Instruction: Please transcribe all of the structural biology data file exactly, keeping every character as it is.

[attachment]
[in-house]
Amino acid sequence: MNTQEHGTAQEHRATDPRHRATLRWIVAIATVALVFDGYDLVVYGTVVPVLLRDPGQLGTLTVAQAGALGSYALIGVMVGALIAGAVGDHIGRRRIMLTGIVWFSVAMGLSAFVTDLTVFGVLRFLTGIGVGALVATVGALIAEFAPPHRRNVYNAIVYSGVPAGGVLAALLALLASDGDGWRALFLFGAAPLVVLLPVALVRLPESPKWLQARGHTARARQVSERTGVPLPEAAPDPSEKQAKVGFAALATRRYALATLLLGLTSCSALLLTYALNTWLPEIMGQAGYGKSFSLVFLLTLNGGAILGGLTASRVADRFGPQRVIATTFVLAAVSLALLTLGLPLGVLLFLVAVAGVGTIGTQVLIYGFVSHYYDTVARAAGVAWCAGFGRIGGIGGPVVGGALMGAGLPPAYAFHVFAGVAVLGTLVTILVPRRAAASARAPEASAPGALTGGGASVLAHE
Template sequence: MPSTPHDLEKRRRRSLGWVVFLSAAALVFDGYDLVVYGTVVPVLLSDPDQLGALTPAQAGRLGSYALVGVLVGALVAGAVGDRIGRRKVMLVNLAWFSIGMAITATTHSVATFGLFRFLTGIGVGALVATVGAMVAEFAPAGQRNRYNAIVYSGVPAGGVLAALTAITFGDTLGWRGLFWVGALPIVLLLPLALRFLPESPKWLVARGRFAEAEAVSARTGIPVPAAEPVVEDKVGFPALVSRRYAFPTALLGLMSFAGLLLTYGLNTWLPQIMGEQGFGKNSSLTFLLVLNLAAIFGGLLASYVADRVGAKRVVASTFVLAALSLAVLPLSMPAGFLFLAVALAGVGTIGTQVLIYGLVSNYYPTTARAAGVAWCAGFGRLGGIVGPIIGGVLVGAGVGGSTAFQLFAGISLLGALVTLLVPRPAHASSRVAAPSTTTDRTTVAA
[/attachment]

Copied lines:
[in-house]
Amino acid sequence: MNTQEHGTAQEHRATDPRHRATLRWIVAIATVALVFDGYDLVVYGTVVPVLLRDPGQLGTLTVAQAGALGSYALIGVMVGALIAGAVGDHIGRRRIMLTGIVWFSVAMGLSAFVTDLTVFGVLRFLTGIGVGALVATVGALIAEFAPPHRRNVYNAIVYSGVPAGGVLAALLALLASDGDGWRALFLFGAAPLVVLLPVALVRLPESPKWLQARGHTARARQVSERTGVPLPEAAPDPSEKQAKVGFAALATRRYALATLLLGLTSCSALLLTYALNTWLPEIMGQAGYGKSFSLVFLLTLNGGAILGGLTASRVADRFGPQRVIATTFVLAAVSLALLTLGLPLGVLLFLVAVAGVGTIGTQVLIYGFVSHYYDTVARAAGVAWCAGFGRIGGIGGPVVGGALMGAGLPPAYAFHVFAGVAVLGTLVTILVPRRAAASARAPEASAPGALTGGGASVLAHE
Template sequence: MPSTPHDLEKRRRRSLGWVVFLSAAALVFDGYDLVVYGTVVPVLLSDPDQLGALTPAQAGRLGSYALVGVLVGALVAGAVGDRIGRRKVMLVNLAWFSIGMAITATTHSVATFGLFRFLTGIGVGALVATVGAMVAEFAPAGQRNRYNAIVYSGVPAGGVLAALTAITFGDTLGWRGLFWVGALPIVLLLPLALRFLPESPKWLVARGRFAEAEAVSARTGIPVPAAEPVVEDKVGFPALVSRRYAFPTALLGLMSFAGLLLTYGLNTWLPQIMGEQGFGKNSSLTFLLVLNLAAIFGGLLASYVADRVGAKRVVASTFVLAALSLAVLPLSMPAGFLFLAVALAGVGTIGTQVLIYGLVSNYYPTTARAAGVAWCAGFGRLGGIVGPIIGGVLVGAGVGGSTAFQLFAGISLLGALVTLLVPRPAHASSRVAAPSTTTDRTTVAA